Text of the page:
- For shellac use denatured alcohol
- If you want to use lacquer, try lacquer thinner for thinning
- But for varnish, it should be reduced with mineral spirits or turpentine
When using a thinner as a solvent, make sure you use one that comes with a slower evaporation rate.
If not, the prepared conditioner will trap the moisture and will cause cloudiness.
This is important to follow, especially if the humidity of the area you are working in is high.
For the concentration and quantities to mix, begin with mixing the solutions and finishes in equal amounts.
Wipe and test some on the small wood area, let it dry, and apply the stain.
If you are happy with the color you can apply more. If not, you can dilute or concentrate the solvent further.
What Can You Use Instead of a Wood Conditioner?
Store-bought wood conditioners are great to use but they can easily go wrong if you are not careful while applying them.
This can make your whole project a waste.
That’s the reason I sometimes prefer using some natural alternatives to chemical-based products – that can work equally well.
The good thing is you can easily make them with the stuff you already have in your kitchen.
Some of these great wood conditioner substitutes include:
- Tea Stain – made with water and black tea
- Coffee Stain – made with water and coffee grounds
- Black Walnut Stain – made with water and black walnut hulls
Out of all these, I loved the caramel tone of the wood surface that is being offered by used coffee grounds – it was simply amazing.
You can use it as a pre-condition for wood or simply as a stain without a conditioner.
Do you need to condition oak before staining?
Typically, you do not need to condition oak before staining. Wood varieties like oak and walnut are very dense wood, so it does not absorb stain as quickly as other woods.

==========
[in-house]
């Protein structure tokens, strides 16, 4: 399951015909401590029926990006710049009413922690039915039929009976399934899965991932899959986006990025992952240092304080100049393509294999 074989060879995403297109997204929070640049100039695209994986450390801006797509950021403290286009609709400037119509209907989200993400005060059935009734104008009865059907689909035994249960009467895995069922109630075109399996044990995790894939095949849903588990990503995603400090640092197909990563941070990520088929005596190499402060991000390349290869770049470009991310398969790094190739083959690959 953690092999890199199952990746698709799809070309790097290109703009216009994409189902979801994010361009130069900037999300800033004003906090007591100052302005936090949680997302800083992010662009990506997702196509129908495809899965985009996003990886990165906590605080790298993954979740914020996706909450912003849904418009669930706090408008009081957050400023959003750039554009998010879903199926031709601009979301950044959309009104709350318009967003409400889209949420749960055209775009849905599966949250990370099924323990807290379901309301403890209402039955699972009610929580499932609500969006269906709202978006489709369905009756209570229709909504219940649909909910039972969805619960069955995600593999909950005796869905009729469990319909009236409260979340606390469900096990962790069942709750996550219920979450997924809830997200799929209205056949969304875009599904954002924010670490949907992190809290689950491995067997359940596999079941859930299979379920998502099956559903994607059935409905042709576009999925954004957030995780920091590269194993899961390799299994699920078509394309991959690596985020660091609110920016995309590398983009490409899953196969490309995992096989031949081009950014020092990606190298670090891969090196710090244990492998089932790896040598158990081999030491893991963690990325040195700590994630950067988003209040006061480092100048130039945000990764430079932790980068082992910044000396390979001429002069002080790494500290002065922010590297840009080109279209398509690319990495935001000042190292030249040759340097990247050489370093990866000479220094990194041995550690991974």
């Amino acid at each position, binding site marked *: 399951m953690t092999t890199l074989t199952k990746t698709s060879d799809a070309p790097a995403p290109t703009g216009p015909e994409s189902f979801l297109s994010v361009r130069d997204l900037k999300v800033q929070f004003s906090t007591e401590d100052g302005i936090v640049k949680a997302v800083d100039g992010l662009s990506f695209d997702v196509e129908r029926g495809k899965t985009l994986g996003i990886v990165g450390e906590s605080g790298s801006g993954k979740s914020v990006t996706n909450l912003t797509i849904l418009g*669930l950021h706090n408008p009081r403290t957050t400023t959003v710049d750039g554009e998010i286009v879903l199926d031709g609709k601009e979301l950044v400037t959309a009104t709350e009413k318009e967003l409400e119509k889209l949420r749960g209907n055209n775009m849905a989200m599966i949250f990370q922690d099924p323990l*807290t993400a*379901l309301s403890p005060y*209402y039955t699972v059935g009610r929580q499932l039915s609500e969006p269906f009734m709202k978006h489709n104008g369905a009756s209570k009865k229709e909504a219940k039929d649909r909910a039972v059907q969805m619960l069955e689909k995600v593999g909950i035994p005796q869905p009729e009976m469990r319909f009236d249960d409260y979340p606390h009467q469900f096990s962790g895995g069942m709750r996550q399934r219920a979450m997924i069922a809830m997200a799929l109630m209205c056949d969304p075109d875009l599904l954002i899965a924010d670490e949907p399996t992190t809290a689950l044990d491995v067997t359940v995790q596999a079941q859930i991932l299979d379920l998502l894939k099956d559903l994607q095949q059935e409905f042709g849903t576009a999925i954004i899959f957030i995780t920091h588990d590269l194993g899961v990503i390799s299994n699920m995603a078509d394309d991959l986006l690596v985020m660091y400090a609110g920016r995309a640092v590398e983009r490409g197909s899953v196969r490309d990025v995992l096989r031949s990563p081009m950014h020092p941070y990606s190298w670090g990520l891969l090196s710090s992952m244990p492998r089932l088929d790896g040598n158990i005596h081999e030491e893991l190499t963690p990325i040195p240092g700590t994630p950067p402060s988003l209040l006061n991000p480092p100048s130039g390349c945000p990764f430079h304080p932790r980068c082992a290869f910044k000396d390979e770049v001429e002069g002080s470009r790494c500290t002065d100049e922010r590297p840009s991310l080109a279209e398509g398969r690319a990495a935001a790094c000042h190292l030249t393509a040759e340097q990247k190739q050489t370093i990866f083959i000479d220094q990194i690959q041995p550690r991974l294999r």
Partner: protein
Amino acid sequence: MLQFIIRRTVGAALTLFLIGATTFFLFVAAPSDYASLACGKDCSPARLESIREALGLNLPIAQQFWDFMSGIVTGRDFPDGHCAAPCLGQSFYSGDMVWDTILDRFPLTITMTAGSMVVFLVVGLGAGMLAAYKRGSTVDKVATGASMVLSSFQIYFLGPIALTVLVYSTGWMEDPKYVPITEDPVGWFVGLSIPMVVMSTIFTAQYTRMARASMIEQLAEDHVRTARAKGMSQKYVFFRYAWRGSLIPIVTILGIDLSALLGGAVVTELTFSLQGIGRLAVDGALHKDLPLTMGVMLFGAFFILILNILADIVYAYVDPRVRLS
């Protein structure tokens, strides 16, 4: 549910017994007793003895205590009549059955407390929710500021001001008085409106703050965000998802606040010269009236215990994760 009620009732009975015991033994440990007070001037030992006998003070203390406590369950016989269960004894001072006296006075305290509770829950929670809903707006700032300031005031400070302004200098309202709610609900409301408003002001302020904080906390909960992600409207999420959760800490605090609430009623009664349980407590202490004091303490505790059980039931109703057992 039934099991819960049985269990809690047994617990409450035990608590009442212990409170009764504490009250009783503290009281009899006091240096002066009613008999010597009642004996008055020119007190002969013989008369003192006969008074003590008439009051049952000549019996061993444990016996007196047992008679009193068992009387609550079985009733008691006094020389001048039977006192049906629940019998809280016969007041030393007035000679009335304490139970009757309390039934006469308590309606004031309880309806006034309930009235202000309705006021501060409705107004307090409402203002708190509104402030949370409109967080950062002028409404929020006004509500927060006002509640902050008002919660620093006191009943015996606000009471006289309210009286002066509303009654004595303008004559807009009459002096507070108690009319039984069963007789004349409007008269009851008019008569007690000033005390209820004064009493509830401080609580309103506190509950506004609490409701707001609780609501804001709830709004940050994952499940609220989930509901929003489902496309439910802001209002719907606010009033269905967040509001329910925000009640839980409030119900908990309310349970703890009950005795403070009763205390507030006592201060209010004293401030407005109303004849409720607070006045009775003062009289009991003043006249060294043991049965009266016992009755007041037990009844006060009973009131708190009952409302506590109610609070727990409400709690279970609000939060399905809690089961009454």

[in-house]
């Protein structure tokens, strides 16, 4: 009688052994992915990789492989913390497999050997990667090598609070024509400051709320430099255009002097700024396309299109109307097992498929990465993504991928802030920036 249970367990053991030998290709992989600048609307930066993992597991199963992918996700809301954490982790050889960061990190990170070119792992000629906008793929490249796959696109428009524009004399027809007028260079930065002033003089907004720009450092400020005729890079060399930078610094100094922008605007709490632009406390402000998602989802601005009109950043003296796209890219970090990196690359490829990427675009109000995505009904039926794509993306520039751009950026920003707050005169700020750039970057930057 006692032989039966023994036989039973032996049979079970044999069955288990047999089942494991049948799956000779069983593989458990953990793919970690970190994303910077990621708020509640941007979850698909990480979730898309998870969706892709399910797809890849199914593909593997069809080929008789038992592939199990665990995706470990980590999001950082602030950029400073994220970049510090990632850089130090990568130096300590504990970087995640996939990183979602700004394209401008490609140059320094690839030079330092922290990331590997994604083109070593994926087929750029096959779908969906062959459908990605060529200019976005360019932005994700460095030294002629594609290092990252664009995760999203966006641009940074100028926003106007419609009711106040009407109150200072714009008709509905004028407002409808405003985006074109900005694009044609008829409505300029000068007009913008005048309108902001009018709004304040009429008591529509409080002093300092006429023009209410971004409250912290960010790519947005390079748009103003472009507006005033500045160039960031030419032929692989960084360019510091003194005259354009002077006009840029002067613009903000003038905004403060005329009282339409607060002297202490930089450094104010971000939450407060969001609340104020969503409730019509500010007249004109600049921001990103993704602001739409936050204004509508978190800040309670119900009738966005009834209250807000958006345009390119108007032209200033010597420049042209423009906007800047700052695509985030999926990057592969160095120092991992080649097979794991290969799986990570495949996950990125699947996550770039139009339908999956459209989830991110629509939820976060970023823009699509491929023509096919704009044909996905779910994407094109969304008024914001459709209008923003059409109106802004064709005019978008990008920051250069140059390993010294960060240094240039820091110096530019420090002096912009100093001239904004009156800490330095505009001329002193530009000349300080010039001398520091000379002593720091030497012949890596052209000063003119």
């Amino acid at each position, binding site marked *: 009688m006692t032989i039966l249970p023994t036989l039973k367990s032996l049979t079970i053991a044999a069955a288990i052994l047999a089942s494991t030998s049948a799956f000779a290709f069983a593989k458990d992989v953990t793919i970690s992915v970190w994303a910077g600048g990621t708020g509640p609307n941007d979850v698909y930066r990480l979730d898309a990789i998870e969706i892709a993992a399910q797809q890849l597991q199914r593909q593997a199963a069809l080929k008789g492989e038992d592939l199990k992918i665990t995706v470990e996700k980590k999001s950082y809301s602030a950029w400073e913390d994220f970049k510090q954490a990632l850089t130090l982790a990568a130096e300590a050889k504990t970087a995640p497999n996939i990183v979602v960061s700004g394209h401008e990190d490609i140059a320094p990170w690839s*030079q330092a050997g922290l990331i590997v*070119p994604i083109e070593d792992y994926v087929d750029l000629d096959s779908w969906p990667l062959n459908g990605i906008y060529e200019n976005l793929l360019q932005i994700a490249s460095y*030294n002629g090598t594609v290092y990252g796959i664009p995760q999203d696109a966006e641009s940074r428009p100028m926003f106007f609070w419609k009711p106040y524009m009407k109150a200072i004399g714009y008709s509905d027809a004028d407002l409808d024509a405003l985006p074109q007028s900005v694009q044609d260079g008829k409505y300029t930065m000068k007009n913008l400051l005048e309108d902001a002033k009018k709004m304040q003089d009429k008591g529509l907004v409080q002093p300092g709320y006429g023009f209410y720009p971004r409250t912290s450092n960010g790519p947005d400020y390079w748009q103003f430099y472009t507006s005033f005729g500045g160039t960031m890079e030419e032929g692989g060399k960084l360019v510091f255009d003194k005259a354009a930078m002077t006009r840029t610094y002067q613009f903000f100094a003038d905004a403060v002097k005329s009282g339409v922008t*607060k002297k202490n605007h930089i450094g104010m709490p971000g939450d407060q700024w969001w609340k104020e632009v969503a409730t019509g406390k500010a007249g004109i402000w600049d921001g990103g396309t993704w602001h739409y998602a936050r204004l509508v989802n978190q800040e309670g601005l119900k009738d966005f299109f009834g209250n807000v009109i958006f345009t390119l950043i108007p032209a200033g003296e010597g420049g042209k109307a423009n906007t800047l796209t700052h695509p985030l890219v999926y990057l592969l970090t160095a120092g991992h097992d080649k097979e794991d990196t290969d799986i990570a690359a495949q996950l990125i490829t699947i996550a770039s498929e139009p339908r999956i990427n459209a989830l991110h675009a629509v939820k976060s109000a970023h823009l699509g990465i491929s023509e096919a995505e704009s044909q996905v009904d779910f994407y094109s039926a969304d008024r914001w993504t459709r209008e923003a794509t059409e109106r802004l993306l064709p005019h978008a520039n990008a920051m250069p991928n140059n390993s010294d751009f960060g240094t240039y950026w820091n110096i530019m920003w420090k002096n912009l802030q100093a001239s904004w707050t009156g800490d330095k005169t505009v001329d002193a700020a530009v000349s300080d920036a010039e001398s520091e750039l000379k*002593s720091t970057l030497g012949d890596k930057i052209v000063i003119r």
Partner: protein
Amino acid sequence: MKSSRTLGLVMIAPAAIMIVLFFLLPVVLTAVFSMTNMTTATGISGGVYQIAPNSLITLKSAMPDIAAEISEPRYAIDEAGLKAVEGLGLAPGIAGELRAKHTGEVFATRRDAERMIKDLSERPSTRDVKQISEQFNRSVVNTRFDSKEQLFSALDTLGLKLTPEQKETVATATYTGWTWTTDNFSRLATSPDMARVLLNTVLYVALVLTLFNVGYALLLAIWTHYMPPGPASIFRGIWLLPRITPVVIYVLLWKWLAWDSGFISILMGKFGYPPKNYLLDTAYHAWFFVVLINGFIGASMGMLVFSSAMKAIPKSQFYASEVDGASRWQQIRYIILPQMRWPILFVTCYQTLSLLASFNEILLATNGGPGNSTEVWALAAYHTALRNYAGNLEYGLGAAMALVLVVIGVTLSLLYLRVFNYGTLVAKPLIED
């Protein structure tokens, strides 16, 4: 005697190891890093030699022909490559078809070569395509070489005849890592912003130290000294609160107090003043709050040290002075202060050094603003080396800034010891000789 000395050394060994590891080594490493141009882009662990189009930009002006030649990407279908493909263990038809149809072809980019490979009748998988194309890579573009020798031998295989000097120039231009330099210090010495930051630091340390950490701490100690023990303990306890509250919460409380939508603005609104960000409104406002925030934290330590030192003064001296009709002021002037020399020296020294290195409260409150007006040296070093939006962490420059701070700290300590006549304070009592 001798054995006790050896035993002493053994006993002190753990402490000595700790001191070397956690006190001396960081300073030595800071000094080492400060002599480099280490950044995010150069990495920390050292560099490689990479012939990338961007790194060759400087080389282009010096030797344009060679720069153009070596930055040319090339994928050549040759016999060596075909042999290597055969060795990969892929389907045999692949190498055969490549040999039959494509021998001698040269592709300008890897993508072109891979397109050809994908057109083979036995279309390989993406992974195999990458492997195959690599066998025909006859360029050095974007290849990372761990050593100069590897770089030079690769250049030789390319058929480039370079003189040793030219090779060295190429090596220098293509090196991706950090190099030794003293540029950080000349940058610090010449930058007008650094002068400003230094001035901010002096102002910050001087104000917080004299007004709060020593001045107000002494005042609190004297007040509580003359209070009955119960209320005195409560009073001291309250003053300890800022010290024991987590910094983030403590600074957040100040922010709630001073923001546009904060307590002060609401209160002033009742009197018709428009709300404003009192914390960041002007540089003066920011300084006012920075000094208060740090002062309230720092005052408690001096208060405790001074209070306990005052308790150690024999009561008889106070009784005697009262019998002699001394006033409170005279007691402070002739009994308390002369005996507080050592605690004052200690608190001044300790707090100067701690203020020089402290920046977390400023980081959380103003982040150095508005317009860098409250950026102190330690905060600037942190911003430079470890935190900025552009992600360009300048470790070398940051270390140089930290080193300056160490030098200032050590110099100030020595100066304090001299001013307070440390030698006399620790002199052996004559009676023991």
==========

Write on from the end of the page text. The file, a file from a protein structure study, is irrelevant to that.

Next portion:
The pre-stain conditioner will further limit the absorption and therefore the shade of the stain may not be as dark as you desire.
If you do decide to condition the oak, make sure to use a water-based conditioner so that it does not darken the wood.
Apply the conditioner with a clean cloth, working in the direction of the grain.
Wipe off any excess conditioner with a clean, dry cloth. Let the conditioner dry for at least an hour before staining.
Can I use a water-based conditioner with an oil-based stain?
Generally, it’s not a recommended option, but if you need to do it in a pinch, you can.
Just make sure to do a patch test on a small area first to check for compatibility.
Also, make sure that the underlying water-based finish is completely dry (for at least 3-4 days) before you put up the oil-based stain.
Do you need to sand the surface after applying the pre-stain conditioner?
Most pre-stain conditioners are oil-based, which means they can take a little longer to dry. You’ll need to let the conditioner penetrate deep into the wood for about 5-15 minutes.
Once it’s dry, you can then sand the surface slightly using fine-grade sandpaper but it’s not essential. This will only help to create an even surface for the stain to adhere to.
Water-based pre-stain conditioners work a little differently. They cause the fibers of the wood to bulge.
So you need to essentially sand the surface when the surface is dry to touch – do it after about 30 minutes. This will create a smooth surface for the stain to adhere to.
Using a pre-stain wood conditioner is important if you plan to stain interior projects made with porous woods like pine, fir, alder, birch, and maple.
Since these woods are prone to blotching if you do not condition you may end up getting your stained wood look splotchy and uneven.
While there are some good pre-stain conditioners available at online stores to buy, you can always make one in your home if you prefer DIY methods.
Whatever you choose, make sure you follow the right steps and do it patiently.
Hi, I am Mark Garner a professional carpenter, woodworker, and DIY painter. I live in the small city of Peoria, Arizona as a semi-retired woodworker. I have started this blog with a simple motive to help you with my wood experience in this sector. If you like to know more about what I love doing and how it all got started, you can check more about me here.